Quote of the Weekend

“. . . I need fire and earth and wind and waves as much as I need food. I’d go mad living in this wired-up, bricked-up, fenced-in concrete street if I didn’t dose myself with fire and weather and earth and sea. My soul would get pale and thin. I don’t want a pale, thin soul.” – The Hawk and the Dove by Penelope Wilcock

(This line has stuck with me for weeks and weeks. It so perfectly describes why I love water, dirt, grass, trees, and why I always have candles lit in my house. I love the elements. I love how windy Texas is. I love storms and rain. I love snow and leaves. I don’t want a pale, thin soul.)

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Quote of the Weekend

“My sisters liked stories too,  But not as much as Mother and I did.  We lived with one foot in reality and one in fantasy,  And sometimes we forgot which foot was which.  I still do.” – The Hawk and the Dove by Penelope Wilcock

(This sums up my life.)

The Hawk and the Dove by Penelope Wilcock

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Courtesy of Google.

http://www.amazon.com/gp/product/1581341385/ref=as_li_qf_sp_asin_il_tl?ie=UTF8&camp=1789&creative=9325&creativeASIN=1581341385&linkCode=as2&tag=genandquispi-20&linkId=XXMUC556RQP5IFWD

This book sat on my book shelf for several months. A friend, who I should have trusted, loaned it to me, but the cover looked like a Christian romance novel. The blurb on the back made it sound like a Christian romance novel. I put of reading it for a long time.

One day, bored with my book selection and with out the energy to work on my own story, I picked up this book. It grabbed me from the opening sentence. And it is not a Christian romance novel. Not at all.

It’s hard to write a review for this book.

It’s so studded with beautiful hidden gems. I won’t say it’s theologically sound. There were moments when I wanted to yell about the simplicity of God and such, but there was a great human beauty and some deep theological truths shown through suffering.

The first two books were written with the current Melissa being told the stories passed from Melissa to Melissa generation after generation. Several reviewers didn’t seem to enjoy that element of the story, but oral storytelling is an impressive art and it was enjoyable to see it showcased. The third book dropped Melissa and her mother completely. While the story lost none of it’s power, I missed that element.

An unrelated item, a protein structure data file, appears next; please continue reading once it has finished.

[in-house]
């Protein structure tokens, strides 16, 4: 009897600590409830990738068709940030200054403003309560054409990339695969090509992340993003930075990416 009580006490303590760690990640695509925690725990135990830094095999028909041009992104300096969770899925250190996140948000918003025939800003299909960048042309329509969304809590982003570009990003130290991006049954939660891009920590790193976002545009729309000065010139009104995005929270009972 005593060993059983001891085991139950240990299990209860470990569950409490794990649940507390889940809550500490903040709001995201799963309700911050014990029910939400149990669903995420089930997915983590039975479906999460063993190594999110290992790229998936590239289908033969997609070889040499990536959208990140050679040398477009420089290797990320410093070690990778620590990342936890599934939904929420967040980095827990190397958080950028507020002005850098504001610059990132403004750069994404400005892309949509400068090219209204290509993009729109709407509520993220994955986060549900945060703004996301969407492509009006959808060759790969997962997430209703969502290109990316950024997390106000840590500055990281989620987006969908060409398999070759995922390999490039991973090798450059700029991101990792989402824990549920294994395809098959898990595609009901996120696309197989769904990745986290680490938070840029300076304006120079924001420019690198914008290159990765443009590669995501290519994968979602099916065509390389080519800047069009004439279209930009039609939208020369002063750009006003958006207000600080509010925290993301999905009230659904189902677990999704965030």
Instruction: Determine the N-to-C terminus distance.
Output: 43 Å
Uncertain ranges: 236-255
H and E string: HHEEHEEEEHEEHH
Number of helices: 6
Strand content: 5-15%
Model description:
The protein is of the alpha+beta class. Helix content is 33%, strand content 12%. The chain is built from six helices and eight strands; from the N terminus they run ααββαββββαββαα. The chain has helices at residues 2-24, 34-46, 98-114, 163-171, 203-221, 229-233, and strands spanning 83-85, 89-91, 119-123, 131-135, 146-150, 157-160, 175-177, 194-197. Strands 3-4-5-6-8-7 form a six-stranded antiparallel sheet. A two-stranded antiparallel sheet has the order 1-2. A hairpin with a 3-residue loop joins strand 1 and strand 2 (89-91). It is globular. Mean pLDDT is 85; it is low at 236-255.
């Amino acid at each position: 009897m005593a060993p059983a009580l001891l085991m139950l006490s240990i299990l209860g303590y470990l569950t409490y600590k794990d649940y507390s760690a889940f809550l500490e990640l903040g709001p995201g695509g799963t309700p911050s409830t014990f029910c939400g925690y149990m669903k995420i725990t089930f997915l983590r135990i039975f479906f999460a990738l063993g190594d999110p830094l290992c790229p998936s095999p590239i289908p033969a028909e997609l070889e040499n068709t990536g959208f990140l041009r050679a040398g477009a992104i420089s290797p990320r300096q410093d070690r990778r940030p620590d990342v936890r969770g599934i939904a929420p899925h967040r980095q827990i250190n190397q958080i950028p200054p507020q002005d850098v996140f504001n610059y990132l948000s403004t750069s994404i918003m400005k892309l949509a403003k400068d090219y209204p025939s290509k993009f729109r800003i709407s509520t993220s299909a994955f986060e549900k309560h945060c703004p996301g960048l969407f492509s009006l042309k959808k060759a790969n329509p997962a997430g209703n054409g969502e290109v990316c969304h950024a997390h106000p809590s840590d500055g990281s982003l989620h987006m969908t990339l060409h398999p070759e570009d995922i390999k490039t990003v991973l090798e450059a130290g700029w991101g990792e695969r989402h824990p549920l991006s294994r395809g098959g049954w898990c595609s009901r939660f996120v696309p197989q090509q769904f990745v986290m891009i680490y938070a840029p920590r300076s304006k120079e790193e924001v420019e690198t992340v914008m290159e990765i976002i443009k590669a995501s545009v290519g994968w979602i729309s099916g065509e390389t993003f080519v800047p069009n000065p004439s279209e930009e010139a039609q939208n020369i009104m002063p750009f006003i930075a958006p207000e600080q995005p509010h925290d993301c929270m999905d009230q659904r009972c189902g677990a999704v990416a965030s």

As I neared the end of this book, I stopped reading it. Not because I wasn’t enjoying it. Quite the opposite. It was because I knew it would be painful to compete it. I wasn’t wrong. Lots of tears.

The only book I can think of to compare this one to is The Thirteenth Tale by Diane Setterfield. They both have a beautiful way with words, description, and capture the human spirit.

The monastic setting of the story was far more enjoyable than I suspected lending the book an otherworldly feel without becoming a fantasy novel. The friendship, heartache, longing, sufferings, and failings of these men drives the story forward in a soft poetic beauty that is both rending and calming.

I can’t recommend this book enough. Ignore the cover and the synopsis. They have almost nothing to do with the actual story.

Read this book and in many ways your soul will be blessed and fed.

(If you click on the link it will take you to amazon. If you purchase the book from there I get a small kick-back. So thanks!)

Quote of the Weekend

“It was one of those brief spells of complete happiness that come once in a rare while,  an unlooked-for gift of God,  when the forces of darkness,  of sorrow and temptation seem miraculously held back,  a breathing- space in the battle.” – The Hawk and the Dove by Penelope Wilcock

What beauty!

Quote of the Weekend

“In a way,  all the tales are one tale,  the tale of how God’s power is found in weakness.  But that is the story of the whole life,  if you know how to read it right. ” – The Hawk and the Dove by Penelope Wilcock

(This book totally surprised me with it’s beautiful writing and moving story and this quote is perfect.)